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The question is simple:

I have 30+ projects in several categories : Work, Personal, Daily, Self-improvement etc.

Each project contains several tasks in different aspects of my life: Intellectual, Spiritual, Professional, must-do errands, Health etc.

So I end with 600+ tasks in different projects, different categories and different aspects of life.

Ho do I prioritise ? I mean, how do you decide If 600 tasks are important, urgent both important and urgent or not important/not urgent etc. ? And how do you maintain this list? I have gathered all my tasks and proceed with some of them each day, but I am starting to lose track. Just to keep this list updated I need hours and hours of work each day/week that I should spend in doing things.

I have become paranoid about time management over the years and I am disappointed because after reading every book available out there and testing all methodologies, it seems that some is completely wrong.

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Sometimes, its best to drop the system and just wing it. Seeing that you have 600 tasks lined up, I think you have reached that point. – AsheeshR Jul 5 '13 at 13:45
I honestly do not understand your point. I admire gtd and all methodologies to get stuff done, so I need a system. I think I have found the perfect system for me "except" prioritising. – Radolino Jul 5 '13 at 13:50
When your productivity system starts cutting into your actual productive/work time, then your system has gotten out of hand. A stopgap in such a scenario would be to just drop the system and plough through work. Then, in easier times, rebuild it based on your actual requirements. Or see if you even need it all. – AsheeshR Jul 5 '13 at 13:57
Forgive me if this is an impertinent question, but are you taking on too much? Speaking personally, if I can't cope with prioritising all the tasks on the tasks on my to-do list, then I certainly can't cope with actually doing them all. – Kramii Jul 5 '13 at 15:38
@Krammi , no worries. I do not know, maybe yes I do maybe not. But I can't do other than that, I mean I can't quit my job today so I 'll have to deal with it the best possible way. – Radolino Jul 5 '13 at 15:51

I understand your problem very well: the core of GTD (ore many other approaches) is "writing everything down" to free the mind.
That's a good thing, but it can lead to such overload as you describe it.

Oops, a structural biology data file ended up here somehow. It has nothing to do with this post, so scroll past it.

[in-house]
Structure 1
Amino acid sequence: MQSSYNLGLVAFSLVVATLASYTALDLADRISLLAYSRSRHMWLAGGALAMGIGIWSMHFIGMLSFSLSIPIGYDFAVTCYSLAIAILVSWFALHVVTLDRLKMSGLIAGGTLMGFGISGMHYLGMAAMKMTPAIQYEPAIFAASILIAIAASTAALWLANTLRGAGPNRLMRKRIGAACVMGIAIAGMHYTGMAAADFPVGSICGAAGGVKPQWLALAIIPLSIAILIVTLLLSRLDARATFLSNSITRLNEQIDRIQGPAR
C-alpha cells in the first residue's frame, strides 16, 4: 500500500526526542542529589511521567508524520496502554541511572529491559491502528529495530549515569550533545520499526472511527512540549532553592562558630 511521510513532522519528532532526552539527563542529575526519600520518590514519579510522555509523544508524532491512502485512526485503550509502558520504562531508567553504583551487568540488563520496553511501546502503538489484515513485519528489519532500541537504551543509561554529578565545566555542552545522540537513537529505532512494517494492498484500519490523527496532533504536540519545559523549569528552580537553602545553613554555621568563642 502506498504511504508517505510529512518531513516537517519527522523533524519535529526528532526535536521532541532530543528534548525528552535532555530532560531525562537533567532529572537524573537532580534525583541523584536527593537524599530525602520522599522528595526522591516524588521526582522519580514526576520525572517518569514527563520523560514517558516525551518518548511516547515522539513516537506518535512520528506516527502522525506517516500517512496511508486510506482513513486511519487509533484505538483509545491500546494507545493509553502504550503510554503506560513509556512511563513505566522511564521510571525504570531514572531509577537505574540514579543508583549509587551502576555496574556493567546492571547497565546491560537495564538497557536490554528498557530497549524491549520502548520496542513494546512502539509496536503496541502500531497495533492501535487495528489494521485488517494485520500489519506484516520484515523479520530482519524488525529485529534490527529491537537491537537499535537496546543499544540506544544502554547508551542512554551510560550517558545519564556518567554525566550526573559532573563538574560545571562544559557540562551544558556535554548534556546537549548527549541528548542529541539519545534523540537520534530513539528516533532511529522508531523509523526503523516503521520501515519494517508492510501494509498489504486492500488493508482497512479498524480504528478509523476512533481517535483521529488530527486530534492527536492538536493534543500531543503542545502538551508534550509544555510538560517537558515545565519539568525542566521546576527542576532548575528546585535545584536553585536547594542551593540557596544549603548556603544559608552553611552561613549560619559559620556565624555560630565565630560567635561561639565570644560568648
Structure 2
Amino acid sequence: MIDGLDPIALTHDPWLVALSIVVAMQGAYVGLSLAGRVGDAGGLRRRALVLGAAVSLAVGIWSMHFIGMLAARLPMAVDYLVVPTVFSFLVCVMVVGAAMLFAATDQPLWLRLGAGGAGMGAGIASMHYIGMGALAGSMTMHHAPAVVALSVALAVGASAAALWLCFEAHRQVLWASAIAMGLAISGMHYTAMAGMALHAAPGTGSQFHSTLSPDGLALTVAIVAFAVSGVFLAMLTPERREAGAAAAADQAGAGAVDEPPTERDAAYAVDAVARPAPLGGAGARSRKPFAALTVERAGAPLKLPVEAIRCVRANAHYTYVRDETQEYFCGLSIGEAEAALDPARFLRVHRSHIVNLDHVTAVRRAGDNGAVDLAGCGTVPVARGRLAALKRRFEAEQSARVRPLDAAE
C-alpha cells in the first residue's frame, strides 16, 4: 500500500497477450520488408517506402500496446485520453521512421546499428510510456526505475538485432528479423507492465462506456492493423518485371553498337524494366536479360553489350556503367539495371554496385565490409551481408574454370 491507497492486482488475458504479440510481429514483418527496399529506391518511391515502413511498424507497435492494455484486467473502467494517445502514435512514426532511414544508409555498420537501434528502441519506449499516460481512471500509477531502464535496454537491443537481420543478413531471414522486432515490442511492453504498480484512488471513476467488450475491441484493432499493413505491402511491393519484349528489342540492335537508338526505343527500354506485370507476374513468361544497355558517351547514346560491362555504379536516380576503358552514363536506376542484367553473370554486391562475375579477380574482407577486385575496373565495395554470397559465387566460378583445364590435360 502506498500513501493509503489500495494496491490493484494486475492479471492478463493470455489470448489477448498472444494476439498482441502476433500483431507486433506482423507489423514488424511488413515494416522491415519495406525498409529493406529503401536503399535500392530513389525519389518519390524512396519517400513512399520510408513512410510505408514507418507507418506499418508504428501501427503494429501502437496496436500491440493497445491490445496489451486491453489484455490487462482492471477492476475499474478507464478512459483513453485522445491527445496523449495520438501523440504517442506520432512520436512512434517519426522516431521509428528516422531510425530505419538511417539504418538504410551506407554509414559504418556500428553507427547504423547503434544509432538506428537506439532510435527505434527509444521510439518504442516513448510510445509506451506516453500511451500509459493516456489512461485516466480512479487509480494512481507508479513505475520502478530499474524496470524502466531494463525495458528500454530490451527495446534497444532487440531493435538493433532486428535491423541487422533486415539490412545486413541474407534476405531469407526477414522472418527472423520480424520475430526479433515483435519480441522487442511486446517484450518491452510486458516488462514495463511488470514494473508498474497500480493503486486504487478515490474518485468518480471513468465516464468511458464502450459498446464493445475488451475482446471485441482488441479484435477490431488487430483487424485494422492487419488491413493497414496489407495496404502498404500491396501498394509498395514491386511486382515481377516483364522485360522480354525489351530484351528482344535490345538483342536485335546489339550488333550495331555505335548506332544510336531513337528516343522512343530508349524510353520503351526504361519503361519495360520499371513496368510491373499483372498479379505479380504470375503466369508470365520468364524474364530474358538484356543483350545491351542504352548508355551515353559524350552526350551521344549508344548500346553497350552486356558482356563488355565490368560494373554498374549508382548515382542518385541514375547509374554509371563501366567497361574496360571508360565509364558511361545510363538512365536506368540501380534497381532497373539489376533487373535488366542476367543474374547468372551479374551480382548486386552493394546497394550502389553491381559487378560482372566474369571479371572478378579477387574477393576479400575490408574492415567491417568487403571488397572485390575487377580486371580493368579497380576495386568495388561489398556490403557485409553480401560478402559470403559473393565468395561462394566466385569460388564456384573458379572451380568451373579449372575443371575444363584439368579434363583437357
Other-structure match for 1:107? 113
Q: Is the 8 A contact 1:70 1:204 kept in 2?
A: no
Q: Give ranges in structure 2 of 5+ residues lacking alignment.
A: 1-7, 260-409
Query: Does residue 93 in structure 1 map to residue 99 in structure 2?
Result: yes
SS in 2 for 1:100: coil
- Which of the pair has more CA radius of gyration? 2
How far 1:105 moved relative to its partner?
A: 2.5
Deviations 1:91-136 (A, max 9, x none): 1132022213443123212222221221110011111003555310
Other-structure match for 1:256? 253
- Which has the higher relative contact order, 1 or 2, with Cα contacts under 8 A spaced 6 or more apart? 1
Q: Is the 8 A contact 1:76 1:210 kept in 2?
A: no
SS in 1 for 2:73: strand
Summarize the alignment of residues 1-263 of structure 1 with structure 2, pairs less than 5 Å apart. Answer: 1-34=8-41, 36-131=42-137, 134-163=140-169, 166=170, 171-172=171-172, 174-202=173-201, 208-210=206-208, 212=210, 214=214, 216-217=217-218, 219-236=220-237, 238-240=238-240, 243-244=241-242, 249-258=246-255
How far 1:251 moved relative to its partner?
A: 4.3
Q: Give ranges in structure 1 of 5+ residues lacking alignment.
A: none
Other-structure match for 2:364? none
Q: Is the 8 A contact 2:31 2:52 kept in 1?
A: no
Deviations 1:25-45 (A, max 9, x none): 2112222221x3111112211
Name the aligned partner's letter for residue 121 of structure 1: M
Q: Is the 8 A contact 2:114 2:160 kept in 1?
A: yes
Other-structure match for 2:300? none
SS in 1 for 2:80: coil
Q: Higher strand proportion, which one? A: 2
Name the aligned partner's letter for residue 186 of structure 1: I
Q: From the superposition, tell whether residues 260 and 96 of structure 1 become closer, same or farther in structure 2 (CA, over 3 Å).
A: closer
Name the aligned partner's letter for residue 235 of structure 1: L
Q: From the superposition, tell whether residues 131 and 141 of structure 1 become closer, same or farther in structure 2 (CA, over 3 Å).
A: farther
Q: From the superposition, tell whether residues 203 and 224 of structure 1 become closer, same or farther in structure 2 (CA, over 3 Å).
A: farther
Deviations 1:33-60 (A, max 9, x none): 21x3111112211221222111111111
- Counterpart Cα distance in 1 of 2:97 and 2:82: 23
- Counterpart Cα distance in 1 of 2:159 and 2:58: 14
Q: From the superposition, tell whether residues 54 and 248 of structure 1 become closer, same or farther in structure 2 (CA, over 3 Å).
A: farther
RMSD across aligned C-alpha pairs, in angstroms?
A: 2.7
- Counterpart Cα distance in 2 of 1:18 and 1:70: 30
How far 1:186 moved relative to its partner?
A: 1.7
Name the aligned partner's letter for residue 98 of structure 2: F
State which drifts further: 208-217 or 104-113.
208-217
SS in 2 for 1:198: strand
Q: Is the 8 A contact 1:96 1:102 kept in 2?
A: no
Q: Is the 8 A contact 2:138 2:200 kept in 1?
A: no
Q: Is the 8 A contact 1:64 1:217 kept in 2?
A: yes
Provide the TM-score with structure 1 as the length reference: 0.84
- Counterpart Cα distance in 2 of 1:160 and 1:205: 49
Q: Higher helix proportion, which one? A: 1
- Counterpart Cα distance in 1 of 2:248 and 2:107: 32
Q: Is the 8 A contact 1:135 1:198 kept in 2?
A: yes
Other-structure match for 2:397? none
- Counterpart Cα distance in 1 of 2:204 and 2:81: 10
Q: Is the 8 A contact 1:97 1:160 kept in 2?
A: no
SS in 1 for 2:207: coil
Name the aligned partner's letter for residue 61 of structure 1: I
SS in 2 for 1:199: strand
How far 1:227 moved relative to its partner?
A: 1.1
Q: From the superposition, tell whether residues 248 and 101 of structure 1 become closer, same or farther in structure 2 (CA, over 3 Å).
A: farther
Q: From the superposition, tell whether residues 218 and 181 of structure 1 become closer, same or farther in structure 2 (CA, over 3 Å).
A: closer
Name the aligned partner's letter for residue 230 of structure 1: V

My recommendation:

  • Prioritize your projects
  • only write the one very next action for each project on the list you review often
  • decide, which projects you want to work on this week and pick some tasks for those projects.

Some years ago, I read the GTD book by David Allen, and it all seemed to be a great concept. The more tasks there were and the longer my lists got, the more difficult it became... and finally I had very long lists and they were unusable for me, because I had no overview, I skipped the weekly review, as the lists were too long and it all got out of control.

What helped me get back to control (not perfectly, but at least more than before) was the approach of Michael Linenberger: Master Your Workday Now. For me this is by far the best and most realistic approach for task management.

The key is to

  • decide which "critical" things absolutely have to be done today (e. g. which are those tasks which would you make stay longer at work in the evening, if you did not have finished them in time?) and to concentrate on those.
  • to avoid "artificial" deadlines, because they teach you to ignore all deadlines (even the "hard" ones)
  • to have a short list for the day, which only shows those things that have to be done today and those which you should do today, because they will become "critical" in the next days
  • to have one or several lists which you review regularly, but not all of them each week

This is very well explained in the book and as I said IMHO it is a very practical approach.

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Thanks for your reply, but what "new" are you telling me here? This is all known and told over and over. Practically, it fails. Or you should review weekly tasks that enter hourly in your list and get fired ! – Radolino Jul 6 '13 at 13:52
@RobertoDelgazzo: I do understand your frustration. For giving a more concrete answer, you might give more detail in your question what you're actually doing and what tools you are using for maintaining your task list(s). You say, "this is all known". Did you read Michael Linenberger's books, especially the one I mentioned in my answer? – MostlyHarmless Jul 6 '13 at 20:17

The key to this is actually in both ends - the very high level biew; and the detail view.

First off, you have 'Must do errands' - so subconsciously you have already prioritised.

Look at your highest level headings - are all these things you need to do? They may be, but it is worth confirming this before you waste time going into depth.

Now look at the subtasks - 600 seems to be a very large number, so I'd be concerned you are going too deep.